A fan's notes for the ages, Faithful grew from an email exchange last summer. Filled with the heady mix of exhilaration and frustration familiar to all Boston Red Sox fans, Stewart O'Nan fired off a note to fellow Sox fan, Stephen King, who responded with his thoughts on Pedro, Nomar, Manny, Mueller, and Theo. From the supposed Curse of the Bambino to f###in' Bucky Dent to the recent off-season battle for Alex Rodriguez, Sox fans have seen it all since 1918...except for that elusive World Championship. Baseball history has transformed these fans into a "nation" -- not to mention the most dedicated, knowledgeable fanbase on the planet. Stewart O'Nan and Stephen King, proud members of Red Sox Nation, will chronicle the 2004 baseball season from spring training to the last game of the season -- the important plays, the controversial managerial decisions, the significant front office moves, and the spectacular finish (whether heartbreaking or joyous). Attending games together, keeping a running diary of observations and arguments, and occasionally evoking great or tragic events in Red Sox history. King and O'Nan will cheer on their beloved team with the eternal hope that this just might be the year. If you don't have season ticket box seats right behind the firstbase dugout, you can't beat Faithful.
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December 01, 2004
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Excerpt from Faithful by Stewart O'Nan
Opening Day: Notes on Addiction
I've written about substance abuse a good many times, and see no need to rehash all that in a book about baseball ' but because this also happens to be a book about rooting, the subject at least has to be mentioned, it seems to me. These are a fan's notes, after all, and when used in the context of rooting, the word fan ain't short for fantastic.
I don't booze it up anymore, and I don't take the mind- or mood-altering drugs, but over a good many years of staying away from those things one day at a time, I've come to a more global view of addiction. Sometimes I think of it as the Lump in the Sofa Cushion Theory of Addiction. This theory states that addiction to booze or dope is like a lump in a sofa cushion. You can push it down ' but it will only pop up somewhere else. Thus a woman who quits drinking may start smoking again. A guy who quits the glass pipe may rediscover his sex drive and become a serial womanizer. A gal who quits drinking and drugging may put Twinkies and strawberry ice cream in their place, thus adding forty or fifty pounds before putting on the brakes.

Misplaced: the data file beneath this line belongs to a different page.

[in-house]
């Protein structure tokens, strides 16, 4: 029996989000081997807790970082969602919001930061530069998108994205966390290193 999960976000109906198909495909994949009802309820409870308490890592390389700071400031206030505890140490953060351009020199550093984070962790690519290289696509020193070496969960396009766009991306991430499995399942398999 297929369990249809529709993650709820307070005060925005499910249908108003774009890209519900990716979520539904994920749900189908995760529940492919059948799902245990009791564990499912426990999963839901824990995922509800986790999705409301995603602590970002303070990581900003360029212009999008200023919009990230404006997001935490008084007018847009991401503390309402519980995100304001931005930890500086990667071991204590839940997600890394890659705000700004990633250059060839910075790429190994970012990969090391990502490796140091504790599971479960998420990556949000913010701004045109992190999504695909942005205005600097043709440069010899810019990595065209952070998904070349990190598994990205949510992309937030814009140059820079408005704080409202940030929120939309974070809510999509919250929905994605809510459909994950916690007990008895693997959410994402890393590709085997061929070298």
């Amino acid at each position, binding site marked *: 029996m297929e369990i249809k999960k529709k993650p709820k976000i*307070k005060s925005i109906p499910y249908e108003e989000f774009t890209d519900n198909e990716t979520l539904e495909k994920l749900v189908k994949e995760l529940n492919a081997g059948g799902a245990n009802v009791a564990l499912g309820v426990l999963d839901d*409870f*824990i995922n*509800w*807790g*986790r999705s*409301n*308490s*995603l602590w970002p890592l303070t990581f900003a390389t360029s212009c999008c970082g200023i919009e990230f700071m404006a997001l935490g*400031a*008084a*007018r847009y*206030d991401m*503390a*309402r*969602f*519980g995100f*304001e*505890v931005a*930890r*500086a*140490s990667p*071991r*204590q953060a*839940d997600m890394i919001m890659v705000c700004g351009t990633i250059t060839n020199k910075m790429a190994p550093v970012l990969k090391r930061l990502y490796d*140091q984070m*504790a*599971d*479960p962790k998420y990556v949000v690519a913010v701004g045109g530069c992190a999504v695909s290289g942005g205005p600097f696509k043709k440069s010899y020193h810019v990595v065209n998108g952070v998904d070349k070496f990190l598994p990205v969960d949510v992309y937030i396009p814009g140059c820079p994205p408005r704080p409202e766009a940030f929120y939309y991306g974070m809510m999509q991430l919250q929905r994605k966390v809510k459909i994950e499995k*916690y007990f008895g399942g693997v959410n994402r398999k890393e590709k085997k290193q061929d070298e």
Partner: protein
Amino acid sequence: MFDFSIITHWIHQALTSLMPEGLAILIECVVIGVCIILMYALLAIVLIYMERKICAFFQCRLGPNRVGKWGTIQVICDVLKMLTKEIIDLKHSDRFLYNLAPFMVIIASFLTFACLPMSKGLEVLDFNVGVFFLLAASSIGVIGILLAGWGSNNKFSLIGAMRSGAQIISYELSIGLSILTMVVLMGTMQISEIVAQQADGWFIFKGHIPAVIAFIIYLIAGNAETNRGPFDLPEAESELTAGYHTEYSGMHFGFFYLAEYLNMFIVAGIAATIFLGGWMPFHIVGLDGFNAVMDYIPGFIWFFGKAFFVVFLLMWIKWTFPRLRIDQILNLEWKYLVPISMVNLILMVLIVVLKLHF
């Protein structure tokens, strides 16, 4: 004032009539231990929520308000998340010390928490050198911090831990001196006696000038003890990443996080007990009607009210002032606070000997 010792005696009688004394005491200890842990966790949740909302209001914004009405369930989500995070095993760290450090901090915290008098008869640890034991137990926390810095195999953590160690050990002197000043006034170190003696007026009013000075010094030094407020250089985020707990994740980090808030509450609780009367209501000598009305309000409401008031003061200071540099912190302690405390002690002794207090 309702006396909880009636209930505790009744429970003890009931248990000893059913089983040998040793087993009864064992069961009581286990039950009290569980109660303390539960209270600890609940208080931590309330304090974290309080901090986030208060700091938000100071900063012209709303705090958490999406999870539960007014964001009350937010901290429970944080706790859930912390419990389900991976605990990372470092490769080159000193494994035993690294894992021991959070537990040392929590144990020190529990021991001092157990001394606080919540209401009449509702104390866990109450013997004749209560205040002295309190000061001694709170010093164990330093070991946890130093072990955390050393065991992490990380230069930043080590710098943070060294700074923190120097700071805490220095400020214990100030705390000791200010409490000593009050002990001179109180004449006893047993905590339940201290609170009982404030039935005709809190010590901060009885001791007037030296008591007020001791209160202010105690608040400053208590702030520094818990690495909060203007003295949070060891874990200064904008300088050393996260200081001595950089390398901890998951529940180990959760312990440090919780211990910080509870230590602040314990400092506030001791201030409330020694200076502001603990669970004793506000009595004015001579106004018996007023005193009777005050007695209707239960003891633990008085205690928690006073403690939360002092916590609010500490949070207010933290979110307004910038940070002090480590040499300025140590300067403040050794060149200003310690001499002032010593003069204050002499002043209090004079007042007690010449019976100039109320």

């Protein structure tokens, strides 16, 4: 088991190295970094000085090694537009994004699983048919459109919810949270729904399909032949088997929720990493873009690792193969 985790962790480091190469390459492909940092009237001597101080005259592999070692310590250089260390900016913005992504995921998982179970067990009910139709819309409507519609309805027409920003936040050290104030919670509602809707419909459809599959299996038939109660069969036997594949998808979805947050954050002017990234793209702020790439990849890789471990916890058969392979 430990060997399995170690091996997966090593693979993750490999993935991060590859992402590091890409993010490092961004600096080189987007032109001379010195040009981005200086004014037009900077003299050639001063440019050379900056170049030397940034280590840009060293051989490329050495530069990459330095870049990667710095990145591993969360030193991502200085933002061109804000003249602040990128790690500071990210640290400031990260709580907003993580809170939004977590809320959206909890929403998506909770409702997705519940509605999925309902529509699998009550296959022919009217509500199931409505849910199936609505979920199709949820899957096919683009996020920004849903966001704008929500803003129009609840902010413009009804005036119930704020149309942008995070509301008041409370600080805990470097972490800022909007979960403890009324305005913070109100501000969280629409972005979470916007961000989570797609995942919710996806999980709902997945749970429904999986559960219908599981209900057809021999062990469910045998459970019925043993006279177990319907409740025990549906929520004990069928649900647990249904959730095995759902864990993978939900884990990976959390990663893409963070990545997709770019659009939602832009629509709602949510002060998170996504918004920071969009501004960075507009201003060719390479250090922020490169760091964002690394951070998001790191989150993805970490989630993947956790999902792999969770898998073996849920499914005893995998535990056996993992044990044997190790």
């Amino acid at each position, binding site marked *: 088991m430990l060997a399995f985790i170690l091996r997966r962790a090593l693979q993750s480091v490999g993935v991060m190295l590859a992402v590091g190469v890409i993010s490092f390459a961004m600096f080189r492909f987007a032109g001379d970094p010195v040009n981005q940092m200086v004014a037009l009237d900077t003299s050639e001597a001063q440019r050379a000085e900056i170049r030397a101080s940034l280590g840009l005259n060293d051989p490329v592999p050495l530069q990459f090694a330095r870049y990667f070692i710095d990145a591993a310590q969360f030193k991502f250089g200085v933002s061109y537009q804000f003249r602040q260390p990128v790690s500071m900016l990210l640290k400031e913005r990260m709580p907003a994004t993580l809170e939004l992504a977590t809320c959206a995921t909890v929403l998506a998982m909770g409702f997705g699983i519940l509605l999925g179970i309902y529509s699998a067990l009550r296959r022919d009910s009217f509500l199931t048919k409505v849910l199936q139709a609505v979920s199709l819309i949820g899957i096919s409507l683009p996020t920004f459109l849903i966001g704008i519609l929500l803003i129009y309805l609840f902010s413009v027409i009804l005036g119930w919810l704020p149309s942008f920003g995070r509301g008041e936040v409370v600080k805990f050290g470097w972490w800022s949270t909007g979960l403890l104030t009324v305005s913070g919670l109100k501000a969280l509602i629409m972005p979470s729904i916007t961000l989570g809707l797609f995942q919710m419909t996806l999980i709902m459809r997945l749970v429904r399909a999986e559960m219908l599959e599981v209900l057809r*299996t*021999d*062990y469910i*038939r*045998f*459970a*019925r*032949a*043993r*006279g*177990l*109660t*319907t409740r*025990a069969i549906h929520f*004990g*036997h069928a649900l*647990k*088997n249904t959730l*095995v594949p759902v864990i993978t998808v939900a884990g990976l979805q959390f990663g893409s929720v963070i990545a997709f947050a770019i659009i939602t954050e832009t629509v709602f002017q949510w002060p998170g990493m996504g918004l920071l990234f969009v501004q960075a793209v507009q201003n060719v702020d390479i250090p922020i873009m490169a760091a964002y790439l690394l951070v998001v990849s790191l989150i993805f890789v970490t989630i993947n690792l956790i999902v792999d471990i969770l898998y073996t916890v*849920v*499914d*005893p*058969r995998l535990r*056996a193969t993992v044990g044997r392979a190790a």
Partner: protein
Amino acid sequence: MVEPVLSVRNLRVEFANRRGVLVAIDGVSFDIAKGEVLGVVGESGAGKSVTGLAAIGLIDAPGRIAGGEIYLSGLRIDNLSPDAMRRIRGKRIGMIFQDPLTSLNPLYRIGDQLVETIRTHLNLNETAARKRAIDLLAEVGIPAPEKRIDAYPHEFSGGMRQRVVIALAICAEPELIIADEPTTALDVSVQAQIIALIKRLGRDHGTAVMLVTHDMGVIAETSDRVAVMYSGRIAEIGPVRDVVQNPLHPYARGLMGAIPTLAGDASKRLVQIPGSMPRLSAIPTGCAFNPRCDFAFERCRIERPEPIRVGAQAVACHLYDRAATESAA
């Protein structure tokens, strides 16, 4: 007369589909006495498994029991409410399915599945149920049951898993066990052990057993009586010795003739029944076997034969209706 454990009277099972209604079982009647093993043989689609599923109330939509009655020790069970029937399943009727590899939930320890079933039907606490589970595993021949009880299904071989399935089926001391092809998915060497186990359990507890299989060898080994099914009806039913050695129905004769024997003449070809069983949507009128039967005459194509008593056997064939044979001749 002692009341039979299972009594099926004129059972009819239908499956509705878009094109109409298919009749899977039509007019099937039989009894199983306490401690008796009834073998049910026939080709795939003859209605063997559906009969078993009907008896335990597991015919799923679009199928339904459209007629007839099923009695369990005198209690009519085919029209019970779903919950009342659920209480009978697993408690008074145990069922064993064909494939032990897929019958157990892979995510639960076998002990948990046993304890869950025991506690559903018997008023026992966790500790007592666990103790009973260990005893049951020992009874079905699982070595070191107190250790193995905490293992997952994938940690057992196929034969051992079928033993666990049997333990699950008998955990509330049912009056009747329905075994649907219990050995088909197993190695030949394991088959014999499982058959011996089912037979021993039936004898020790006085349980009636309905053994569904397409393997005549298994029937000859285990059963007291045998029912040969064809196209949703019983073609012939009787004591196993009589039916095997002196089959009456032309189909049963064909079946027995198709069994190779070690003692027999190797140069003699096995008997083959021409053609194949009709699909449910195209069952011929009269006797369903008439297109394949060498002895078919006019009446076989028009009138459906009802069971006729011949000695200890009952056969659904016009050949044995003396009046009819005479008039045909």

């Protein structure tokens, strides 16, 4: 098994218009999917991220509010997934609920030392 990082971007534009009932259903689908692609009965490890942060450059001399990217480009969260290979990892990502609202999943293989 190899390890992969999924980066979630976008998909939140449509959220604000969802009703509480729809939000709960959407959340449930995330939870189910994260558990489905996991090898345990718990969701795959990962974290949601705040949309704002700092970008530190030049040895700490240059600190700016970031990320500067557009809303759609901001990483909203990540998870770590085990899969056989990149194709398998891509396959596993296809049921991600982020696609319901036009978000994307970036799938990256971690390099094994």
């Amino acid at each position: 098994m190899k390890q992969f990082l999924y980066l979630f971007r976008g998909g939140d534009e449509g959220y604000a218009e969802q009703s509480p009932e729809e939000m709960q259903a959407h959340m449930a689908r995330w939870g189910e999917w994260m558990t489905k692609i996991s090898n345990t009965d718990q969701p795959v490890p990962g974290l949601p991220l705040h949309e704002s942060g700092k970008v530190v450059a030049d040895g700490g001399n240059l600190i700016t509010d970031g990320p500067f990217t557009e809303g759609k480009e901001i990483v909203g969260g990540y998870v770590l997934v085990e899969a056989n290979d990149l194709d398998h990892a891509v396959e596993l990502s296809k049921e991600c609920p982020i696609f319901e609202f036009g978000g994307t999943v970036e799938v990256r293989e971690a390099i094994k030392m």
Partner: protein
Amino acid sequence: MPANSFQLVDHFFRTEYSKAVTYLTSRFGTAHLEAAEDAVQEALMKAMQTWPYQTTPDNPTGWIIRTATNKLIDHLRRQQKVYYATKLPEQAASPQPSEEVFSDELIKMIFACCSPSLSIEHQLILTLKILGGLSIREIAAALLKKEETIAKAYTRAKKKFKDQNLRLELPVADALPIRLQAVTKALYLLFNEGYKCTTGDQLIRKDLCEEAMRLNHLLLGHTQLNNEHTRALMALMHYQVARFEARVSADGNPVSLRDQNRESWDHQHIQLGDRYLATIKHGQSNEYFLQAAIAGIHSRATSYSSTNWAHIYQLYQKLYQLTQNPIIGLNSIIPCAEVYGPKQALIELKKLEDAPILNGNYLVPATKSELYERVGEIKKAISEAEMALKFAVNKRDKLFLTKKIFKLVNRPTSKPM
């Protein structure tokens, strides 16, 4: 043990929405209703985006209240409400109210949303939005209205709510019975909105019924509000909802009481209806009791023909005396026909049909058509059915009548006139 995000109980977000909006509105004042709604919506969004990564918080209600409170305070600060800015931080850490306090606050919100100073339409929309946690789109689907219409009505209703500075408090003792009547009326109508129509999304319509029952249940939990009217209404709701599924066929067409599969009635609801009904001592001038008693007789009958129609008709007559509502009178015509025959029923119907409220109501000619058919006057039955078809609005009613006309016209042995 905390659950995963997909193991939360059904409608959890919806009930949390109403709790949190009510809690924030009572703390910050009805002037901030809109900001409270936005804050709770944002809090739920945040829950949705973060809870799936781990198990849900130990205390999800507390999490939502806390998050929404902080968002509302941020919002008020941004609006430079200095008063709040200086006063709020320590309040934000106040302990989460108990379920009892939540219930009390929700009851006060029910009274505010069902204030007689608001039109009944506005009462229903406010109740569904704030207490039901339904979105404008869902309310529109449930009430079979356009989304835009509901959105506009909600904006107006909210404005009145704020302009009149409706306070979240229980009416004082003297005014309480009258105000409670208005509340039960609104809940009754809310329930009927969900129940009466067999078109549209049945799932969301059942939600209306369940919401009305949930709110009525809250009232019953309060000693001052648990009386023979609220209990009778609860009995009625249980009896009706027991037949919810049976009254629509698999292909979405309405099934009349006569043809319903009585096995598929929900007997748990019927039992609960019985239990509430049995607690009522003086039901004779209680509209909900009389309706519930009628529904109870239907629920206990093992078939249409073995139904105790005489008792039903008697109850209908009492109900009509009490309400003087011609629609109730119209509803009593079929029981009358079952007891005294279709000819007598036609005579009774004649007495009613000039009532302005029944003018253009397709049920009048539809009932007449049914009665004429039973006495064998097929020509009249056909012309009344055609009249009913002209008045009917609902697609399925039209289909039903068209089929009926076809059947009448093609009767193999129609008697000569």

Hey, I've been lucky. No sex issues, no gambling issues, moderate food issues. I do, however, have a serious problem with the Boston Red Sox, and have ever since they came so damned close to winning the whole thing in '67. Before then, I was what you might call a recreational Red Sox user. Since then I've been a full-blown junkie, wearing my hat with the scarlet B on the front for six months straight and suffering a serious case of hat-head while I obsess over the box scores. I check the Boston Red Sox official website, and all the unofficial ones as well (most of them fucking dire); I scoff at the so-called Curse of the Bambino, believing completely in my heart even though I know it is the bullshit creation of one talented and ambitious sportswriter.
Worst of all, during the season I become as much a slave to my TV and radio as any addict ever was to his spike. I have been asked by several people if working on this book is a hardship, given the fact that I have two other books coming out this year (the final novels in the Dark Tower cycle), a television series still in production (that would be Kingdom Hospital on ABC, the Detroit Tigers of network broadcasting), and a half-finished new novel sitting on my desk. The answer is no ' it's not a hardship but a relief. I would either be sitting at Fenway or in my living room with the TV tuned to NESN (the New England Sports Network, the regional pusher that services addicts like me) in any case; this book legitimizes my obsession and allows me to indulge it to an even greater degree. In the language of addiction, the book's publisher has become my enabler and my colleague, Stewart O'Nan, is my codependent.
Now, nine hours before Sidney Ponson of the Orioles throws his first pitch to the first Red Sox batter of the season, I can look at my situation coldly and clearly: I am a baseball junkie, pure and simple. Or perhaps it's even more specific than that. Perhaps I'm a Red Sox junkie, pure and simple. I'm hoping it's choice B, actually. If it is, and the Sox win the World Series this year, this nearly forty-year obsession of mine may break like a long-term (very long-term) malarial fever. Certainly this team has the tools, but Red Sox fans do not need the bad mojo of some false "curse" to appreciate the odd clouds of bad luck that often gather around teams that seem statistically blessed. Outfitted in the off-season with strong pitching and defense to go with their formidable hitting, the Sox suddenly find themselves short two of their most capable players: Nomar Garciaparra and Trot Nixon. 2003 batting champ Bill Mueller, suffering supposed elbow problems (from swinging a leaded bat in the on-deck circle ' I wonder), has seen little spring training action. And Cadillac closer Keith Foulke has been, let's face it, nothing short of horrible.